Movie house merry-go-round

By Jeff Vice, Deseret News movie critic
Deseret News, 20 April 2001, page W01

Article Summary:

About 10 Salt Lake area theaters and multiplexes closed between the end of 1999 and April 2001.  

Loews Cineplex Odeon Theaters:
Crossroads Plaza
Holladay Center
South Towne Center
Trolley North
Trolley Square Mall

Carmike Theaters:
Creekside Center
Plaza 5400

Consolidated Theaters:
Sandy Starships
Cinemas 5

Tower Theatre

Cinemark's Sandy Movies 9 has found a second life as discount, or "dollar," house.

Consolidated Theaters reopened Plaza 5400 (now called Showcase Cinemas 6) last weekend as a dollar theater, promising added attention to service and lower-than-normal concession prices.  

Westates is mulling over the idea of turning the South Towne Center facility into an "intermediary" showhouse.

Westates is anticipating taking over Trolley Corners this fall.  According to Tony Rudman Jr., vice president and corporate counsel for Westates Theaters, the local chain plans to restore that theater to its former glory.  "That's a great area to have a theater," Rudman said. "And it could be really competitive come next year."

A new multiplex in the Gateway Center may be ready to open by the end of the year, but plans for building a new multiplex in the Crossroads Plaza now appear to be dead in the water due to the financial instability of the movie-theater industry.

Westates took over the Trolley North from Loews late last year.

Loews closed the 14-year-old Holladay Center in March.  Westates re-opened the theater this weekend after spending several thousand dollars to refurbish several hundred of the seats, install new computer software for ticketing and concessions, and spruce up the sound in the auditoriums.  Of the Holladay Center, Rudman said, "We think we've got the best theater in the area.  This is a premium facility, and it's the perfect location. This theater fills a need for the area."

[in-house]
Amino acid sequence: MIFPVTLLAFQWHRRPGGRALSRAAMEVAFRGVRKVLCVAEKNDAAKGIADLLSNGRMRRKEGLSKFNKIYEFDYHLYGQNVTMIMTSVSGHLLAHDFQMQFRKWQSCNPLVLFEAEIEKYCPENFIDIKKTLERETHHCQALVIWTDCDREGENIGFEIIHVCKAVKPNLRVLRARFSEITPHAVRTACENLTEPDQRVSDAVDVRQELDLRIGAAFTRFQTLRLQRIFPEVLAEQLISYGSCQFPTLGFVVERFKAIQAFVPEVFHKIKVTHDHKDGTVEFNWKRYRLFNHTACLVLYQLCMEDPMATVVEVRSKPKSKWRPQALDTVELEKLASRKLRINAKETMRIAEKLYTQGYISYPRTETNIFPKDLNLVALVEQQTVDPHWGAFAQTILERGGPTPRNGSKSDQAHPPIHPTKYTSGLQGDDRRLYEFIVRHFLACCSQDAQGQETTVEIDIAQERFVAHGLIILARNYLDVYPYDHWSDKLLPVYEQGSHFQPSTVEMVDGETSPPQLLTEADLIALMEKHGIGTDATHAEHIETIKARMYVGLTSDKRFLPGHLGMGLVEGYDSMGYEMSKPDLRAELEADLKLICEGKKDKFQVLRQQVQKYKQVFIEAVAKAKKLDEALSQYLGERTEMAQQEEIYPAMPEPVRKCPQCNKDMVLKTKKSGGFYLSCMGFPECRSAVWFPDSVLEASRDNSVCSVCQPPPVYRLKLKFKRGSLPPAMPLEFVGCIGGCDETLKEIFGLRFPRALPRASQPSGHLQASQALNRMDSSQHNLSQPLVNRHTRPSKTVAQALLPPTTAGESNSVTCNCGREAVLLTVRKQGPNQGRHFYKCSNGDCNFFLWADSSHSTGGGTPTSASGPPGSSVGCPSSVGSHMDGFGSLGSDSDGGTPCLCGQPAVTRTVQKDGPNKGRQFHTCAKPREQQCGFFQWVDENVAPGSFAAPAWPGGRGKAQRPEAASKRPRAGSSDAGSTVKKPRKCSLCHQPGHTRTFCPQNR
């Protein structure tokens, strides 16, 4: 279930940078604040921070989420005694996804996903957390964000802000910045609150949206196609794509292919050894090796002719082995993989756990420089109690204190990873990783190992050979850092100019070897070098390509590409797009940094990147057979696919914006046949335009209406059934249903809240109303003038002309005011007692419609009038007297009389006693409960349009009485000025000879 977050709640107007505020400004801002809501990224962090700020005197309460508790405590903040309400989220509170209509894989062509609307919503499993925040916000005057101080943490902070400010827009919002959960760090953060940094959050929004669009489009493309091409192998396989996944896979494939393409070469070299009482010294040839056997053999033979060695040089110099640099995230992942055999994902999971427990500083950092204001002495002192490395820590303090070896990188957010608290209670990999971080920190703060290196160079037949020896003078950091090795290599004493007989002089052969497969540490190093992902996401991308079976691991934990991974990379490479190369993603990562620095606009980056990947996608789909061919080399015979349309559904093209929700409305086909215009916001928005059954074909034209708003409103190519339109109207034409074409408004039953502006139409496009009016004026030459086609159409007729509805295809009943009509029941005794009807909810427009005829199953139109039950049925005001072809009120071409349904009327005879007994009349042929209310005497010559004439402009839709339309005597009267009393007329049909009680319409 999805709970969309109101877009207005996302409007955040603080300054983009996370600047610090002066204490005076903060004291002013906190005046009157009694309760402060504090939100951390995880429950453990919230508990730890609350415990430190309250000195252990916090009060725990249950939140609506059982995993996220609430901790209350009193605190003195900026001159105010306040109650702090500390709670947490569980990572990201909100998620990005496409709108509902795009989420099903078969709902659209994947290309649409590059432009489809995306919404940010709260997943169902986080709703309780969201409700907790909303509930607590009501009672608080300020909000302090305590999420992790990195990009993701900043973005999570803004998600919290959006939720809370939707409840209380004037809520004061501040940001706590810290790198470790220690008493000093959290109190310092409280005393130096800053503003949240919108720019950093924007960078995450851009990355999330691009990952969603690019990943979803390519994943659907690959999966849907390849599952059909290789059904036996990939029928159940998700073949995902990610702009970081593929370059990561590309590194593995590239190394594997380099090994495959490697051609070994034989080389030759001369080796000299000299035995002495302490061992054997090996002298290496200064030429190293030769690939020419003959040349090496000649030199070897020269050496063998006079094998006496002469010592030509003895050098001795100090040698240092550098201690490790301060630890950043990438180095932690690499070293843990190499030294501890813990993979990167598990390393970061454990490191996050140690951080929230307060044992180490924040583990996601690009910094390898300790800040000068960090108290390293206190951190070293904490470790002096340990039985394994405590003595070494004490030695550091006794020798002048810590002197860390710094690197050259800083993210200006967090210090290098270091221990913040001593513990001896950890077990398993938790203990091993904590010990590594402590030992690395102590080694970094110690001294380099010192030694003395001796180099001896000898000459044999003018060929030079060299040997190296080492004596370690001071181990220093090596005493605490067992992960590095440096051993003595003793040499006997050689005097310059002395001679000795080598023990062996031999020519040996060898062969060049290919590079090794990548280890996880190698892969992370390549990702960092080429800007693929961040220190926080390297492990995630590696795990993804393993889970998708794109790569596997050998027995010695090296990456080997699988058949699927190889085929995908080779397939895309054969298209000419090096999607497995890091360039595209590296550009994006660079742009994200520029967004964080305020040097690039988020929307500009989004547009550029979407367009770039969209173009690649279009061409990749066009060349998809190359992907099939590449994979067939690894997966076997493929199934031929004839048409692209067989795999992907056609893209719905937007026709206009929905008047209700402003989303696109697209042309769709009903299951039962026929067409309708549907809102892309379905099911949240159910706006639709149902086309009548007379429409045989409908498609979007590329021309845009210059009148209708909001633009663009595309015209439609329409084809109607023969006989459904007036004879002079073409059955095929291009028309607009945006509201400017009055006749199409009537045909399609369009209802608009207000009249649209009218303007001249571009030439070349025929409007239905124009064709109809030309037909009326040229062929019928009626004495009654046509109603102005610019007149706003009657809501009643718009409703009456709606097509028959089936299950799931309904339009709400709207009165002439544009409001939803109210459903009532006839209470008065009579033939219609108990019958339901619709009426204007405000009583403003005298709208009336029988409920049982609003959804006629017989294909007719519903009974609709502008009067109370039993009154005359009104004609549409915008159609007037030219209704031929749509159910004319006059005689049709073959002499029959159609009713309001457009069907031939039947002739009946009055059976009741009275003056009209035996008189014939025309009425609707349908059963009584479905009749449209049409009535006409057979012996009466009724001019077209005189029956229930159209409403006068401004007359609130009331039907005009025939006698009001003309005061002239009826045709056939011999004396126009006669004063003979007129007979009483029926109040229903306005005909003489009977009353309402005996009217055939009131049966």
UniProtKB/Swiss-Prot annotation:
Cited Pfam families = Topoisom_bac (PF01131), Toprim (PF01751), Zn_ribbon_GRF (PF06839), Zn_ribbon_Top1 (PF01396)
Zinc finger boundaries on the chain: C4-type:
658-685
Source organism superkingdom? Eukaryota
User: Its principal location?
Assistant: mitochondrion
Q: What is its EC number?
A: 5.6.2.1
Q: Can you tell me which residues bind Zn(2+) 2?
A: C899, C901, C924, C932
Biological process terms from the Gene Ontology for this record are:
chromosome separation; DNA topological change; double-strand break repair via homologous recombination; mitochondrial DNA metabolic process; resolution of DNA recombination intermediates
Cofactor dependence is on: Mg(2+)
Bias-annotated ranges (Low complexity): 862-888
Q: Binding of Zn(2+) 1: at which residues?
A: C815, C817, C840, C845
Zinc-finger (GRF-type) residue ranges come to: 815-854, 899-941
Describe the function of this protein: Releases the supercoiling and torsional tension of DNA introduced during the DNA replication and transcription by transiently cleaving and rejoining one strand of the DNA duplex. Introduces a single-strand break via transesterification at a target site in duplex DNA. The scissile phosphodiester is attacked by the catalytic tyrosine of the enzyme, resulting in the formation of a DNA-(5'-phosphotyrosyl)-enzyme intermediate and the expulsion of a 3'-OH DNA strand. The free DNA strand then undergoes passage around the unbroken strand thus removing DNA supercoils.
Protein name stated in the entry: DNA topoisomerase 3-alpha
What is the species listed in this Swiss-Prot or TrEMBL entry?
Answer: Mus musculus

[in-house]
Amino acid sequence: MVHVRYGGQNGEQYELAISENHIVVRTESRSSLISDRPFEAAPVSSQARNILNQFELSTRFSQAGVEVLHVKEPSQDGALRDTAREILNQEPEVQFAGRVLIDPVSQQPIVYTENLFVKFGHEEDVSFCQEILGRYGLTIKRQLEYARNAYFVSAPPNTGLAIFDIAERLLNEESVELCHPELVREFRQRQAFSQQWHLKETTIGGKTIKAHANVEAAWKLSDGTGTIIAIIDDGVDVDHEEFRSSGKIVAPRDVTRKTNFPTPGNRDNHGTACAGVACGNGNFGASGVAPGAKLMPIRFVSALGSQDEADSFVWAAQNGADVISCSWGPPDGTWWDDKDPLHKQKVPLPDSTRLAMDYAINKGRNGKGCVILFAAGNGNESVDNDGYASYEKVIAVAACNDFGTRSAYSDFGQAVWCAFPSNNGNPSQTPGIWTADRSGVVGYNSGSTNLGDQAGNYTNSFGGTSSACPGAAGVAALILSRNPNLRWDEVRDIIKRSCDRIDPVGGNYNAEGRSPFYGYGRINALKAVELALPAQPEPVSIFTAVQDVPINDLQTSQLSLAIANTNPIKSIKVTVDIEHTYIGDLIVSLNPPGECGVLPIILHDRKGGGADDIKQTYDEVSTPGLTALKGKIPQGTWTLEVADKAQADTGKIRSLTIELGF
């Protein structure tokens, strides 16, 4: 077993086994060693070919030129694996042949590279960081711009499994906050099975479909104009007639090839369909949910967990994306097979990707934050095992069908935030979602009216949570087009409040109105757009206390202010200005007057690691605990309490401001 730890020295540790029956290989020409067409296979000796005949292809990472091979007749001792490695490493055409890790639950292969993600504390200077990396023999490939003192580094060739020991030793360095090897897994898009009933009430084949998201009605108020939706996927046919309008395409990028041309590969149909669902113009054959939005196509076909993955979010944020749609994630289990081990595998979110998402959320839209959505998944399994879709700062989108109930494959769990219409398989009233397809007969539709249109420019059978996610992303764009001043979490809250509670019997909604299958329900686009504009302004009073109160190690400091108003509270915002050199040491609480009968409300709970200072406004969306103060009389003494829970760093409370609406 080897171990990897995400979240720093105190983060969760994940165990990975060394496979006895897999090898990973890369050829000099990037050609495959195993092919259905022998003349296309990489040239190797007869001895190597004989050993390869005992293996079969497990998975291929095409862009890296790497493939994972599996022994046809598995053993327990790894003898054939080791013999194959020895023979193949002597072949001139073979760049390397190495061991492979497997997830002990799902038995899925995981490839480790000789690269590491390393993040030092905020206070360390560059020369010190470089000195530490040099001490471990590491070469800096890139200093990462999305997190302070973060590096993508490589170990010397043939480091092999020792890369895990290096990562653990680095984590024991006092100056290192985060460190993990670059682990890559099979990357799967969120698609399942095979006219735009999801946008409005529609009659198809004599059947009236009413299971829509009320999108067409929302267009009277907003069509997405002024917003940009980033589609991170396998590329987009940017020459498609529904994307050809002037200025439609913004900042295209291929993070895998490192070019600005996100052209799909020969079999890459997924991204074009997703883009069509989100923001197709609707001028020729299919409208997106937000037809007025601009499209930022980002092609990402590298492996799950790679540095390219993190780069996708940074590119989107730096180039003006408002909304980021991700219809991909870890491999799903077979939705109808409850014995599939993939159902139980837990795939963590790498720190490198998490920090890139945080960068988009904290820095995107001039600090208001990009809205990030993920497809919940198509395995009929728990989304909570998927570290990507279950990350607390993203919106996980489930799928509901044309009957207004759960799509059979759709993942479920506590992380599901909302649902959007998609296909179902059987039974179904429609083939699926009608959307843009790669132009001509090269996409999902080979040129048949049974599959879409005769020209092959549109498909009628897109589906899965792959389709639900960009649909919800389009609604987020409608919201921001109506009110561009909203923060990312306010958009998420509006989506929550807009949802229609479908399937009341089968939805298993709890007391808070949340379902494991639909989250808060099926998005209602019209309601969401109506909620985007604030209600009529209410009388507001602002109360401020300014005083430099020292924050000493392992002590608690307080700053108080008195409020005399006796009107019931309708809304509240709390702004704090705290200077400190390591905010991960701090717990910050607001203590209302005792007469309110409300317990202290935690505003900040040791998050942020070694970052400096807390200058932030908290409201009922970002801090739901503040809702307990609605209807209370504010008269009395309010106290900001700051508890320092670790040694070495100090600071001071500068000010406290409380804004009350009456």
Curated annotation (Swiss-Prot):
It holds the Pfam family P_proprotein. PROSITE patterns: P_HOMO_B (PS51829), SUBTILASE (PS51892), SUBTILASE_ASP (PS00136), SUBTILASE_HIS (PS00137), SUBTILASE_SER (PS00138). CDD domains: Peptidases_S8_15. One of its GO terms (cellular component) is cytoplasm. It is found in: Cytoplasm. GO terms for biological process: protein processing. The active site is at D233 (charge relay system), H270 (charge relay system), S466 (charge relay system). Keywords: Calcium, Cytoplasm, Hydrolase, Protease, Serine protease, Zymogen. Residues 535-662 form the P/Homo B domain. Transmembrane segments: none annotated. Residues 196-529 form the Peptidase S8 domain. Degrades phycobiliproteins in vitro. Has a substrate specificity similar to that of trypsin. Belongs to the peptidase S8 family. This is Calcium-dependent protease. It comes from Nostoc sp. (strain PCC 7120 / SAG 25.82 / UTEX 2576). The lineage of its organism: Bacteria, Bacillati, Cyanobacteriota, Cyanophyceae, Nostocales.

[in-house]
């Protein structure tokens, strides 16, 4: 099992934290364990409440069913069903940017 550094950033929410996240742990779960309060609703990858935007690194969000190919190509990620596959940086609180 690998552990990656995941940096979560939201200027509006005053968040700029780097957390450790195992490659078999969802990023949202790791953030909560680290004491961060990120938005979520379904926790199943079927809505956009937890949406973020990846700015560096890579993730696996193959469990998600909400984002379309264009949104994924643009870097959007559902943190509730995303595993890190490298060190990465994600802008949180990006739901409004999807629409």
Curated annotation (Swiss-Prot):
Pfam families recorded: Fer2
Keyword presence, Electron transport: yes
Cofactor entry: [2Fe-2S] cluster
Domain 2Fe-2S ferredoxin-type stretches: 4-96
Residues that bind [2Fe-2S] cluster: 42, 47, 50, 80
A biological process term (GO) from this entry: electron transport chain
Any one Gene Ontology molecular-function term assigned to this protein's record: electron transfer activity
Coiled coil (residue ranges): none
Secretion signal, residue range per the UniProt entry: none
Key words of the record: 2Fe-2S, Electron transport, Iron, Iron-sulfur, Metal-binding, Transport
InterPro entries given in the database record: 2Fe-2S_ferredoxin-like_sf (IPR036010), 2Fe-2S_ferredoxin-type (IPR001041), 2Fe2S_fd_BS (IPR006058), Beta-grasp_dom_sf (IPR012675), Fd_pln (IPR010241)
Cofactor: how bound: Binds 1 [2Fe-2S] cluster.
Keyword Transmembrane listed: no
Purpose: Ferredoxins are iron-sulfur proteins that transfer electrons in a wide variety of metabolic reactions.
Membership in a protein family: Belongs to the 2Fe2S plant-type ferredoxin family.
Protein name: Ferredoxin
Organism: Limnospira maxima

The Tower, still independently owned, was taken over by a new management team last winter, but has still had to persuade movie distributors that the theater was now in more reputable hands.  "It's a year and a half later, and we're still having to mend fences (with the distributors)," said Brooke Harper, the theater's general manager and booker.  ". . . it's really been a struggle.  I almost think it would be easier to start from scratch than have to repair your theater's reputation when it's been run badly for years."

The new management could only afford to refurbish the Tower in stages.  The hardwood floor has been redone in the theater, the seats have been reupholstered, padded and respaced, and the sound system has been upgraded significantly.